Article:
Communication is the most essential ingredient for the success of any organisation, and most companies cripple due to a lack of it.
But we’ll tell you something: the secret sauce of success is to have an open-door policy.
Businesses should build an environment where employees can raise their concerns—provide feedback and suggest improvements in the system—without having to worry about hierarchical barriers.
For instance, contact centres rely on their agents to provide excellent customer service via different mediums of communication (voice, video, chat). But what if your agent is struggling with a personal problem? What if they can be more productive at work and have suggestions? What if they have an issue, but are too afraid to confront it?
The answers to these questions are simple. Management should encourage conversations and try to empathise with their employees or agents. An agent should be able to talk freely and raise their issues without any hesitations.
Agents interact with your customers daily. Simply listening to them and trying to make their work easier should be the end goal of a contact centre. Sadly, that’s not the case.
Due to lousy leadership, improper management, or a lack of structure, agents are hesitant to raise their concerns.
Let’s look at some of the most common things that contact centre agents are afraid to tell their managers.
I need flexibility at work
Covid-19 has made work from home a practical reality. And home is no longer restricted to your house, and it can be anywhere in the world. Agents have been remotely working from their hometowns, or even hill stations and beaches.
With the lockdown restrictions lifted, companies now have a decision to make. Do they want to continue working from home, or do they want to work from the office?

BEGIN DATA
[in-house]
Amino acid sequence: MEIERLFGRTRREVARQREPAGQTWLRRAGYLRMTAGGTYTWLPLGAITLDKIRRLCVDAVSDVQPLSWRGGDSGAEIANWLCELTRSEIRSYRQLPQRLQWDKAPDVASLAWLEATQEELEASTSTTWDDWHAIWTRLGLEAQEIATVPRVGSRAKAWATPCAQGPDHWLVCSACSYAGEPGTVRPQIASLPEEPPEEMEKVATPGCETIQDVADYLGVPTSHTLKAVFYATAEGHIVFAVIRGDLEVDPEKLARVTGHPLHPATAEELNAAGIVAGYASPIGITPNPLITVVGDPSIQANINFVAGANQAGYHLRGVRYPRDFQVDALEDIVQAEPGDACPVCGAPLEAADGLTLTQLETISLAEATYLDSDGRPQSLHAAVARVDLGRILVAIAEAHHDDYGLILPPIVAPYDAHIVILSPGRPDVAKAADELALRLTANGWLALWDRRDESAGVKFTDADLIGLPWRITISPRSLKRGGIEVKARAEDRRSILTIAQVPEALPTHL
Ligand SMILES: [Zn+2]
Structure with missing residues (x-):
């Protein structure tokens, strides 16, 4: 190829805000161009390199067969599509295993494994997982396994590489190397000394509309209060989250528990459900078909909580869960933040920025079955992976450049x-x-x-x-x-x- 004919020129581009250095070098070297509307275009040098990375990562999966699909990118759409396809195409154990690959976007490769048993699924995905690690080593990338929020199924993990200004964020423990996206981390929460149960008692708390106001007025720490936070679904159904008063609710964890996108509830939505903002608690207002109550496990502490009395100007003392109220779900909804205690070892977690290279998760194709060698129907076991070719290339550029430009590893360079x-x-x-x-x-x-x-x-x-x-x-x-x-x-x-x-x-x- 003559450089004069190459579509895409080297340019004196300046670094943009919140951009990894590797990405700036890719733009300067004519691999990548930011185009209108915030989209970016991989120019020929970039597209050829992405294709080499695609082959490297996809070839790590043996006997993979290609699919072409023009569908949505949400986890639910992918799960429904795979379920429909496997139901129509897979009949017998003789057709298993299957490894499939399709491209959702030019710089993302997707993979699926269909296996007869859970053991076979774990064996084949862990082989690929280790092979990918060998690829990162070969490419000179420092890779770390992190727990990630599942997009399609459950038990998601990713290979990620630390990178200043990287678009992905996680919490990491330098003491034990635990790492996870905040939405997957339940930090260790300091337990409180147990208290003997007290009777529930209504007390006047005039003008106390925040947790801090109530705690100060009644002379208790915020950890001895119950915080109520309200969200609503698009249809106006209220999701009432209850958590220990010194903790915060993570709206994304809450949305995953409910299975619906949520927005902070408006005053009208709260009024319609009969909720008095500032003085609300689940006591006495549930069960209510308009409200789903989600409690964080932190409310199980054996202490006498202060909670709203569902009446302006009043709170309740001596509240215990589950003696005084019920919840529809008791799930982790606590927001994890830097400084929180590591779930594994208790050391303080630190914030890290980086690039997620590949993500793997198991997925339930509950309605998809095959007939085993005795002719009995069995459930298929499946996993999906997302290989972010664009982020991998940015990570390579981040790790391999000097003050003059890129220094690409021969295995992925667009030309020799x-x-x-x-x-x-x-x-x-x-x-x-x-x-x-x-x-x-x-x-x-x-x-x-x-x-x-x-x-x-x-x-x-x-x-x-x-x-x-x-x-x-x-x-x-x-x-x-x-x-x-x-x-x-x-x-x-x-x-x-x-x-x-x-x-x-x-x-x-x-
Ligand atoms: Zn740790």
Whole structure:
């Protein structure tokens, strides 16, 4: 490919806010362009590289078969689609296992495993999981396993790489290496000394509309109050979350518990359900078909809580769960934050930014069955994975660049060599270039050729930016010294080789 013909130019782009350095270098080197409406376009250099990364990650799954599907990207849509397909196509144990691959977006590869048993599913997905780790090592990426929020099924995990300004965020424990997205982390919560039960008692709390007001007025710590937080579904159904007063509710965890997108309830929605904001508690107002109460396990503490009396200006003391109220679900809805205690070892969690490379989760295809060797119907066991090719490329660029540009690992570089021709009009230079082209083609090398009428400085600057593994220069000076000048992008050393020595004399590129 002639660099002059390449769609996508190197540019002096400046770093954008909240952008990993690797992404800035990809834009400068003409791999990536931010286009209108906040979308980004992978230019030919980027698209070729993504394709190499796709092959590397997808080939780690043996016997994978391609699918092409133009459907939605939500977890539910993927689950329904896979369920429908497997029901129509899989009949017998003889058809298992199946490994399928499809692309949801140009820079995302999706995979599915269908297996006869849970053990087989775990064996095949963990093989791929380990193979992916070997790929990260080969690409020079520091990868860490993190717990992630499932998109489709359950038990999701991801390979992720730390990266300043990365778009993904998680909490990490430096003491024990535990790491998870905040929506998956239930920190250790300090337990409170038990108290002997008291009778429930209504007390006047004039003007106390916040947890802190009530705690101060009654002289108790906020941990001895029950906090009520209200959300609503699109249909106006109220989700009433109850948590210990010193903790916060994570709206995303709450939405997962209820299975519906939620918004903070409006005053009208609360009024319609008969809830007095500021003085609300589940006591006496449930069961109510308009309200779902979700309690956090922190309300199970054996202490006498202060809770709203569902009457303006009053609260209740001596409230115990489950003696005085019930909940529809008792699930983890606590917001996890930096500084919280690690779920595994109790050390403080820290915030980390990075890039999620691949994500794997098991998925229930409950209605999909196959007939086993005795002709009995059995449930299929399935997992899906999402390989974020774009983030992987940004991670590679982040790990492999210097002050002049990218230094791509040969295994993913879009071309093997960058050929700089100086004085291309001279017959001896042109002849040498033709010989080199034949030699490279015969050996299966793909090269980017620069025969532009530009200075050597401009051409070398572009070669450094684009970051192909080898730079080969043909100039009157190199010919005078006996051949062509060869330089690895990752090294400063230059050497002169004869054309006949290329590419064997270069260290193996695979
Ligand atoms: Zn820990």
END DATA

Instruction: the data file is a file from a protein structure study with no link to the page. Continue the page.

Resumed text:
Some agents would want to work from the office, while others would like to work from home. Sparking up a conversation and listening to their opinions can be valuable feedback for an organisation. There is no point in calling employees to the office against their wish as they won’t feel productive or motivated to work.
By taking into account everyone’s opinions, management can make better decisions for both the employee and the organisation.
We have an outdated software
The management selects the tools for your contact centre, but your agents are the ones who utilise them daily. There could be a software issue, or agents might need different tools for better functioning and efficiency; management should hear them out.
After all, agents are the first ones to encounter any such issue with the system. Preparing your contact centres with the right tools is necessary. It could be because agents have outgrown the current toolbox, or perhaps they need better resources for better results.
All contact centres should re-evaluate their tools, software and resources. It will help them stay one step ahead of their competition and will help them better prepare for difficult periods.
I have made a mistake
We are all humans, and humans will make mistakes. That’s how we learn.
“I have made a mistake,” is something every employee is afraid to say.
However, if your agents accept their mistakes without worrying about the consequences, you will be more likely to have a successful business. But if your agents are too afraid to speak, you might never know about the mistake, or even worse, it would be too late by the time you do.